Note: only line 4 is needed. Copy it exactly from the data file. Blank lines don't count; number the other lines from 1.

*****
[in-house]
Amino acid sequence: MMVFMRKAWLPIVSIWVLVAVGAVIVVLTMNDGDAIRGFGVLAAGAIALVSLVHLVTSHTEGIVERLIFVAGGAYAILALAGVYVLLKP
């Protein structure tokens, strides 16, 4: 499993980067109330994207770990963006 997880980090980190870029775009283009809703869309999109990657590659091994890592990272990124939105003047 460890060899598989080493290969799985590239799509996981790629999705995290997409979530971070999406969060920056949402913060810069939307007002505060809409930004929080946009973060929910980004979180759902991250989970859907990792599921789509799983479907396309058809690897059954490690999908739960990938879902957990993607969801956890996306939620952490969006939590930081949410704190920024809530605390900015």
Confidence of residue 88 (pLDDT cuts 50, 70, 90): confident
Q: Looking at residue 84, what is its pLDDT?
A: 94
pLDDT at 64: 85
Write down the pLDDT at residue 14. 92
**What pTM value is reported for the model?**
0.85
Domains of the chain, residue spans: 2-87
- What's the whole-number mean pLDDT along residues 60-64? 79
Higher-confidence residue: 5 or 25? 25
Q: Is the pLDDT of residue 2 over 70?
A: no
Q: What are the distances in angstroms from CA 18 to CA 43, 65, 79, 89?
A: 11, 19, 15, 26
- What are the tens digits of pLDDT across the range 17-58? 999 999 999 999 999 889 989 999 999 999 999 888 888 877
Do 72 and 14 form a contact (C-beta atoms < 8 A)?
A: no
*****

Confidence of residue 88 (pLDDT cuts 50, 70, 90): confident